"I can't do it!!!"
If you have children or have even just been around them, I'm sure this familiar phrase is one you've heard before.
It's a whining phrase I hear a lot from my daughter, and if I'm honest I've somehow managed to become insensitive to it. It's become such a source of annoyance that I easily lose sight of the opportunity to understand, teach and love my child.
My daughter wants to do the monkey bars on our playground outside...SO badly, but she gets frustrated instantly when she can't do it. She is a smart and determined little girl, but she pretty much thinks things should just come easily and instantly because she wants it.
She has been practicing so much and gets so excited when she makes it across with little help--but when she comes crashing down it's the end of the world. Well, to her.
It is quite an emotional reaction...let me tell you. You would definitely think the world was ending if you witnessed it.
In all honesty, I have a difficult time having patience with intense and emotional overreactions...drama. Without trying, I've put a block up every time that phrase comes up: "I can't do it!!!"
See, this monkey-bar issue is plain to me because I see the big picture. She has to keep doing it over and over to build muscle, get the coordination and gain confidence. When she falls, I see how she's improving and know she can actually do it. When she falls, she believes she won't ever be able to, and that's all she sees.
The monkey bars might seem simple to me; to her, it's a big deal. A big mountain to climb in her life.
In another attempt to guide her across the jungle-gym obstacle, she fell again (in the safety of my arms) and with a gigantic whine complained about how I wasn't helping her. I about lost my mind. I understood her frustration, I understood her expressing it, but the intense overreactions were not necessary. They grated my nerves for too long and I couldn't handle them anymore. I wanted to heave a huge sigh and scold her for her outburst.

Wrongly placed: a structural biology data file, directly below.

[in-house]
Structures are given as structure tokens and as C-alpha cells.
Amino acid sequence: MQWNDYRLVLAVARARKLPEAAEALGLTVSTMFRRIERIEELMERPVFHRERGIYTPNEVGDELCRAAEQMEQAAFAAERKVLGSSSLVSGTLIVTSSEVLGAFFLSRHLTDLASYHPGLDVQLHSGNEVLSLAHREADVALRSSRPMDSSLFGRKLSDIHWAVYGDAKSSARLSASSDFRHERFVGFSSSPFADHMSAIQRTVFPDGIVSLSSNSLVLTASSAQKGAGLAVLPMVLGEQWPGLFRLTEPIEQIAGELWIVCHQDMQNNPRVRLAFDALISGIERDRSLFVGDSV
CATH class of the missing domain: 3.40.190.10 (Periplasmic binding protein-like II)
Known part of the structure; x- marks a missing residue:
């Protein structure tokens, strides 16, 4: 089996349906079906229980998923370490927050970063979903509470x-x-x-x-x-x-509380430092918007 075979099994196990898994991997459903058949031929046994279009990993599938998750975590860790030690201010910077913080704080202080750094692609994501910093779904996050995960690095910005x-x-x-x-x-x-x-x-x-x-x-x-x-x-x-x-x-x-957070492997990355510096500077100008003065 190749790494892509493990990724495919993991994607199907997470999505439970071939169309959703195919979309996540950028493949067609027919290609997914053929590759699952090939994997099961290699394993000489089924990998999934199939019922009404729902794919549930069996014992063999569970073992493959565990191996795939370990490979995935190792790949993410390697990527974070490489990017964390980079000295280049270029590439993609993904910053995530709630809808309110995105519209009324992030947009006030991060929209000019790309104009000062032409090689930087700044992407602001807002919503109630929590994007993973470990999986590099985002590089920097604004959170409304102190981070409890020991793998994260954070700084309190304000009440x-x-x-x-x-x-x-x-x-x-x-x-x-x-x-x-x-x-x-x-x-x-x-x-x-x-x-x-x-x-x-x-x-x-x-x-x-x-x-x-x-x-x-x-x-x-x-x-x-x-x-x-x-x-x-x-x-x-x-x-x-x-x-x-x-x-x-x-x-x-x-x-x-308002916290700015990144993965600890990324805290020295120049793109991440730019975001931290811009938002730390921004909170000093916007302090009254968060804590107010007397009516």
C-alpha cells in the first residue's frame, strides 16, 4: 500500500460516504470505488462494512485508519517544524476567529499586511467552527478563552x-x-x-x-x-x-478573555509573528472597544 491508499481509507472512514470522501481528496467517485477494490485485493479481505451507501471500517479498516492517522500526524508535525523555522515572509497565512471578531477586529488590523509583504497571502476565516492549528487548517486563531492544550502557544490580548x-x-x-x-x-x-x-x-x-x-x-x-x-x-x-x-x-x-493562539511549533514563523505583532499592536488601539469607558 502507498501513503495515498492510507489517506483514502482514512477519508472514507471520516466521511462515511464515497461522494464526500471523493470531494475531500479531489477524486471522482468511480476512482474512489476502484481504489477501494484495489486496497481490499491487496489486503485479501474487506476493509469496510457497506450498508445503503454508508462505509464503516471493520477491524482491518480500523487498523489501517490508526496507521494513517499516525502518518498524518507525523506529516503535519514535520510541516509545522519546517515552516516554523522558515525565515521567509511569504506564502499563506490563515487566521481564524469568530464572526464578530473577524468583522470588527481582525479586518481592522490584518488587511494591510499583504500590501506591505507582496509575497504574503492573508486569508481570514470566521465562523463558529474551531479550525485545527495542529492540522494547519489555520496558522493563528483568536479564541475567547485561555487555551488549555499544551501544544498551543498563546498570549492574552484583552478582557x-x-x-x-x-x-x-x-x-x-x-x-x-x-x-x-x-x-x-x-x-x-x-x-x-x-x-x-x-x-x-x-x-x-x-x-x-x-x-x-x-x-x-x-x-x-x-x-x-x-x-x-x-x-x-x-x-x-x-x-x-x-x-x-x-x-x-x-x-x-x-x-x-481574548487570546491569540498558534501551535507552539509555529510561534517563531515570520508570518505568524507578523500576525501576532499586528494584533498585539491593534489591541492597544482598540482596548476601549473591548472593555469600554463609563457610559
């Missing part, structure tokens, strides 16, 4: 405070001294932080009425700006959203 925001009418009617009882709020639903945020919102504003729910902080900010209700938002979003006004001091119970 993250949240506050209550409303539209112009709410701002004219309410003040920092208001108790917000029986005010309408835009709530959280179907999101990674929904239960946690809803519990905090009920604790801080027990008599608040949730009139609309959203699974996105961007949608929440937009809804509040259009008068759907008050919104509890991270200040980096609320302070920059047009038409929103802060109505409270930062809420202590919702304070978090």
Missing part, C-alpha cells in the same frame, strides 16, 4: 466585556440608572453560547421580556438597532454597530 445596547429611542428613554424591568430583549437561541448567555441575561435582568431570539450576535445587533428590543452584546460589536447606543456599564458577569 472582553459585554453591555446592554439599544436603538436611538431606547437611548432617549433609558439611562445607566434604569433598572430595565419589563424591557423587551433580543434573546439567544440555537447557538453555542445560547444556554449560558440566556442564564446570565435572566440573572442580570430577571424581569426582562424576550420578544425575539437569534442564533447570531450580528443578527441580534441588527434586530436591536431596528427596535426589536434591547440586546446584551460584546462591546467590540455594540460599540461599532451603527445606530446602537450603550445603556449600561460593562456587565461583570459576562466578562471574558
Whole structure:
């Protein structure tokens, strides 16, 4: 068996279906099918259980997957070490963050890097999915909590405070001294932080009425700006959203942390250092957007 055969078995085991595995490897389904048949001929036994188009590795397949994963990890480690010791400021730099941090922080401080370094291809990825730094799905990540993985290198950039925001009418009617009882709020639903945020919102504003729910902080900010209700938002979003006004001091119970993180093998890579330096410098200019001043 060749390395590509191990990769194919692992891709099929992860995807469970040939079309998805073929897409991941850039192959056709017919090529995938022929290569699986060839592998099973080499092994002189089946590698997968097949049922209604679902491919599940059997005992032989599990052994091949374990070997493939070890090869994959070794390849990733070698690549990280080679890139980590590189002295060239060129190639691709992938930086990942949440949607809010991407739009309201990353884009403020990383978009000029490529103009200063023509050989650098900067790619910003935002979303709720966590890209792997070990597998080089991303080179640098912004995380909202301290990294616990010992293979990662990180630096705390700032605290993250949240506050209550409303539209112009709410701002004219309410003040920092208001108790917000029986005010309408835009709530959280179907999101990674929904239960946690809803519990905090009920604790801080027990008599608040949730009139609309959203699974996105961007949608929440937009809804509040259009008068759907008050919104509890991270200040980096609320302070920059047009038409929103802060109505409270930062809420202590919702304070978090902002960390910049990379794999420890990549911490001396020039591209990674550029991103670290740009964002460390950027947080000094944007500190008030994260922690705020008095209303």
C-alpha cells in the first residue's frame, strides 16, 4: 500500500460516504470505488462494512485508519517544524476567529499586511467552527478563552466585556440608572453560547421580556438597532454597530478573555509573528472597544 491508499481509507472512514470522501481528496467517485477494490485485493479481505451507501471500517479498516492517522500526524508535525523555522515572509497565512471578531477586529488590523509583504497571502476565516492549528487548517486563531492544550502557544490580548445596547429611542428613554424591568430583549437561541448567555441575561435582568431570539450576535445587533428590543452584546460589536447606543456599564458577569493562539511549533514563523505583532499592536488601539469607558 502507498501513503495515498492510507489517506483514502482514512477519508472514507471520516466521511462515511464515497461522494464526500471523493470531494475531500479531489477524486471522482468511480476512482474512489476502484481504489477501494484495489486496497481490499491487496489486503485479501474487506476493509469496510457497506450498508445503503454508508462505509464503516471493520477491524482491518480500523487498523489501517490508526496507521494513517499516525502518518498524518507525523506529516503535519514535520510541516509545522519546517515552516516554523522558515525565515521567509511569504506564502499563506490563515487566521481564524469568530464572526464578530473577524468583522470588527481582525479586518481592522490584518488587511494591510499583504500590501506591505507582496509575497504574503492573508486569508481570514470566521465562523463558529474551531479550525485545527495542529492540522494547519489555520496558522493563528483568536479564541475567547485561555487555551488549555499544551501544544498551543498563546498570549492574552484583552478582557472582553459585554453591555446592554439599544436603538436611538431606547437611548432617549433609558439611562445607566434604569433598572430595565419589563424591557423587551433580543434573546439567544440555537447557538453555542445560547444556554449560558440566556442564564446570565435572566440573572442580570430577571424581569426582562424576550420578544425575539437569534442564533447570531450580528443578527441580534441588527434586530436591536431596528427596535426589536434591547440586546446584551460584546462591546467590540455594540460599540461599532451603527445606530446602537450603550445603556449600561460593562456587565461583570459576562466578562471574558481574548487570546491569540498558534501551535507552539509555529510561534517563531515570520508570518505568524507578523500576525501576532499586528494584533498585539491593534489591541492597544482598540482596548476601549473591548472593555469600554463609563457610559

But, that's when I saw me. I recognized myself in her reaction.
I've been there too. I've done that very thing. Maybe not about monkey bars, but about other mountains I've had to climb in my life. Consumed with the feeling of failure, frustration, I've thrown adult-sized temper-tantrums myself; maybe not always externally, but definitely on the inside. I've whined because I couldn't have something I wanted. I've believed life isn't fair as I've watched other people swing from wrung to wrung, knowing I couldn't make it past the first one. I too have blamed everyone else for not helping me when I wasn't even helping myself.
Like her, I really only knew a small part of life. So even though my mountains were bigger to climb, hers were no less significant than mine. And we were both trying to climb at the same time.
In that instant, I recognized how God is towards me and this mountain I'm climbing. I recognized his patience and gentleness; his firm and faithful guiding hand.
Thankfully, the dreadful and exasperated sigh didn't escape my lips. The desire to let it out vanished. Instead, I was filled with understanding for my daughter's outcry and had compassion, because I too had received understanding and compassion myself. I bent down and gathered her in my arms and let her cry hysterically
"It's hard, isn't it, honey?"
She nodded with another cry and sank into my arms.
"It's so frustrating to slip when you're trying so hard..."
She nodded again--her whining quieting.
I looked her in the eye. "You CAN do it, honey. Sometimes you will fall and that's okay. That's part of the process."
She looked at me with wide-eyes and sniffled away her tears. She knew that I understood her and believed in her, and that's all she needed. It's amazing how great a soul can be impacted by so few words when the heart of the word giver is genuine.
It wasn't me. It was the Holy Spirit in me, taking my exasperation and turning it into exhortation.
My daughter can physically do the monkey bars. She has the strength, the coordination--I barely have to touch her in order for her to make it across the length of the gym. But my sweet, cautious girl doesn't quite have the confidence to do it alone. That characteristic is being built as she practices and falls, over and over again.
She doesn't understand that is what's happening, a refinement of her character; but I understand. I can see the big picture and as her mother, I can empower her, treat her intense feelings with respect, and lovingly guide her steps as she struggles to climb this mountain in her life. Or I can stand there and sigh in overwhelm of my own feelings and scold her reactions, which only opens the door for shame to invade her heart and crush the confidence she is working so hard at.
I won't get it perfect every time, just like she's not getting the monkey bars yet. But I can keep practicing too.
So maybe it's just the monkey bars, but it's a big deal--a big mountain...for both of us.
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